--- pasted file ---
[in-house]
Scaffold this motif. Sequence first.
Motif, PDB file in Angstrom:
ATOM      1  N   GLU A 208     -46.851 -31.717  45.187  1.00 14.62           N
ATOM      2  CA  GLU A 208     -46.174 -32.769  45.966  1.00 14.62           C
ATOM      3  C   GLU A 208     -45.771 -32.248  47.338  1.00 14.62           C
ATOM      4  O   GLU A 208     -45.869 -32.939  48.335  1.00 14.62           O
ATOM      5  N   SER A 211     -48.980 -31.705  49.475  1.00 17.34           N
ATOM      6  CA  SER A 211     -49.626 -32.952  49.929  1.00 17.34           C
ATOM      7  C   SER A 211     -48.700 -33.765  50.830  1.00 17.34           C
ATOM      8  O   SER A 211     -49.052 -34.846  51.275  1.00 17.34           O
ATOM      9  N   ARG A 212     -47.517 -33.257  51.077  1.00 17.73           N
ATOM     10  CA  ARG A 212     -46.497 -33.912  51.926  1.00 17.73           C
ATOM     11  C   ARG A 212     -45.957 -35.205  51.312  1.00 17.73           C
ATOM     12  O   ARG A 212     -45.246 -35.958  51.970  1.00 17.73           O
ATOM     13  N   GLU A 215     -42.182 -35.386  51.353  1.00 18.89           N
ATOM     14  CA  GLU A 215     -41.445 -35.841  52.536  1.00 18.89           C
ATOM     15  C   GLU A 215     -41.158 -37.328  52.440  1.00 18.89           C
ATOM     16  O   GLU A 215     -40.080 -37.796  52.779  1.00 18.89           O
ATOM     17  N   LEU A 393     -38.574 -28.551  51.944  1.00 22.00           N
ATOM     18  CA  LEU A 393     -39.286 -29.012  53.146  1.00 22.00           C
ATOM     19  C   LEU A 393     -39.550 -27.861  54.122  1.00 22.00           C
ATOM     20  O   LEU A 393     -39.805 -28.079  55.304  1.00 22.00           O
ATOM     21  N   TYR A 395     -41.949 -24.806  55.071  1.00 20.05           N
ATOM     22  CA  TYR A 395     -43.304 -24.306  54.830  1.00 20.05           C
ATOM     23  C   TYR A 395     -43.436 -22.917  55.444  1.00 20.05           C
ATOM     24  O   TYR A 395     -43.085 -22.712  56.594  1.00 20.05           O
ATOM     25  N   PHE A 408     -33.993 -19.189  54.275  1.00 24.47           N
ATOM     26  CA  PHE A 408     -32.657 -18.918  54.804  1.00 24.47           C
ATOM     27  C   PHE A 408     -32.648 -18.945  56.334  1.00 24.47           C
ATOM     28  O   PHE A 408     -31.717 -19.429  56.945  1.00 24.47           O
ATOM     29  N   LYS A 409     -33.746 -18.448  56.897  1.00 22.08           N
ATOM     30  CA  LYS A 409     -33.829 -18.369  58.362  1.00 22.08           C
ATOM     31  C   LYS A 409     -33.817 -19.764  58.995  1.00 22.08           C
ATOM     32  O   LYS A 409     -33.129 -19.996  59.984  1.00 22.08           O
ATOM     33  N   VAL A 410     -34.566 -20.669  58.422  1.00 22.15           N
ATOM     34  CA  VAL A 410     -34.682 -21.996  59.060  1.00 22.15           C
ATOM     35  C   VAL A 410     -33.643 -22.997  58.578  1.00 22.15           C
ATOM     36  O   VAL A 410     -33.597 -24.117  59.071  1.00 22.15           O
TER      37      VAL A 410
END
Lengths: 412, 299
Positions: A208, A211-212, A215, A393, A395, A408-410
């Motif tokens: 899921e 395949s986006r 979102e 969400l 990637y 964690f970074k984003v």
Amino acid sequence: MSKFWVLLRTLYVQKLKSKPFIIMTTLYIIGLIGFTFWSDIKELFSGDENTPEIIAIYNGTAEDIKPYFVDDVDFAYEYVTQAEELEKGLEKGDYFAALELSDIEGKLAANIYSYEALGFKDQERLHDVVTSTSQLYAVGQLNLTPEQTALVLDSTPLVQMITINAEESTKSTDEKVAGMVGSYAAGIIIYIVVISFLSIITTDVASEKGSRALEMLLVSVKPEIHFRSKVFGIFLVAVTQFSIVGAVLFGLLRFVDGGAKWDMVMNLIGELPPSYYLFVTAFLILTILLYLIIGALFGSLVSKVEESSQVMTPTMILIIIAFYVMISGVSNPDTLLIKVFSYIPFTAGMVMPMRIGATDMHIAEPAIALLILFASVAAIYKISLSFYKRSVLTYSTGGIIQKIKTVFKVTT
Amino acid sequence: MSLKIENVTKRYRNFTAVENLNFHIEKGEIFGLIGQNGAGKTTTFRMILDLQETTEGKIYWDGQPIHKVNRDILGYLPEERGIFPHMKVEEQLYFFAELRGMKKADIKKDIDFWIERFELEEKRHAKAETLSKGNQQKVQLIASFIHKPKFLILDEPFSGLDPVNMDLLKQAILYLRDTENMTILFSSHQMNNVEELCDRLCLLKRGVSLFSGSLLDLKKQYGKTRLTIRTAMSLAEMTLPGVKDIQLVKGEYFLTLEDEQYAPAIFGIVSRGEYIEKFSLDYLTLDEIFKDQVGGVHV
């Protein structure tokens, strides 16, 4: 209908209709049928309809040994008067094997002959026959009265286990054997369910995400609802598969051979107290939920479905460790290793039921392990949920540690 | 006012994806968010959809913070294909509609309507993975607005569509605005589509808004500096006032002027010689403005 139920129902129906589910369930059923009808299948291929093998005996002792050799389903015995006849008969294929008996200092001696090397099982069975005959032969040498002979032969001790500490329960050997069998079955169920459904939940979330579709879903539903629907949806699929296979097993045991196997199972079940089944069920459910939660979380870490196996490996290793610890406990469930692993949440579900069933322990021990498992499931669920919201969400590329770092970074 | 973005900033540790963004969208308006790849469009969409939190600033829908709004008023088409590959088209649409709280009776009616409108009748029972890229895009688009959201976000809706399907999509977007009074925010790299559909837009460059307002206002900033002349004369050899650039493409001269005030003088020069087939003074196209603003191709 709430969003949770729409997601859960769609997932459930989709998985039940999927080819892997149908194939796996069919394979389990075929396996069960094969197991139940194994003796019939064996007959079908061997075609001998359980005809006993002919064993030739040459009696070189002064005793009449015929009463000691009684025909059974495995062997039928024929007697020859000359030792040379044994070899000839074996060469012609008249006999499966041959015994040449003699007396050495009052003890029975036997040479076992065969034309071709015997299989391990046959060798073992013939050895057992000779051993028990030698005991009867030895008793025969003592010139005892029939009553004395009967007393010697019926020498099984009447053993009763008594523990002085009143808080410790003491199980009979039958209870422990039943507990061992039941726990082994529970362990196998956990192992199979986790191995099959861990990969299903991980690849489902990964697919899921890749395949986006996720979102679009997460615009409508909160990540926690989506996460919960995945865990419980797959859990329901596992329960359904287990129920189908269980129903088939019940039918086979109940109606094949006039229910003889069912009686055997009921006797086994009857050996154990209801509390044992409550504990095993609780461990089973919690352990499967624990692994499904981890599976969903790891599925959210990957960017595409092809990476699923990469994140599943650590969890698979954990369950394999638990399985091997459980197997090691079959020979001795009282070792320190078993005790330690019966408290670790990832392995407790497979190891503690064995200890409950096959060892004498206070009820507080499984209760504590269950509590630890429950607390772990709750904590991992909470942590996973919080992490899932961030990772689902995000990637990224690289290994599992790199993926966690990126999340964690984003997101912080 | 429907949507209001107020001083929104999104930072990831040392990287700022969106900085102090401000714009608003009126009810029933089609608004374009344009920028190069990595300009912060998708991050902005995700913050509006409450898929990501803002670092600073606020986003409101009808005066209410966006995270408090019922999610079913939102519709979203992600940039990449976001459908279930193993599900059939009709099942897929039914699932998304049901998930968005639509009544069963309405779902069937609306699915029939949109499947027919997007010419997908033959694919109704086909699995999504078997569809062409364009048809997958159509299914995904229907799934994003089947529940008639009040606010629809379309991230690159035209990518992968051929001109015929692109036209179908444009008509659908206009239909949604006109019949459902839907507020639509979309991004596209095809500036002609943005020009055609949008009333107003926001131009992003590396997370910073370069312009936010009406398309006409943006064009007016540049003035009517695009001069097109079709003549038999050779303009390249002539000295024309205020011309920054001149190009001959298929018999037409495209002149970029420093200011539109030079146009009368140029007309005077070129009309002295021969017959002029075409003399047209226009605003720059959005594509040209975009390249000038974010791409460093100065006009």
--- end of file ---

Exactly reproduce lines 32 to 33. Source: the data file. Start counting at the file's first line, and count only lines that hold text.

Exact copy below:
ATOM     29  N   LYS A 409     -33.746 -18.448  56.897  1.00 22.08           N
ATOM     30  CA  LYS A 409     -33.829 -18.369  58.362  1.00 22.08           C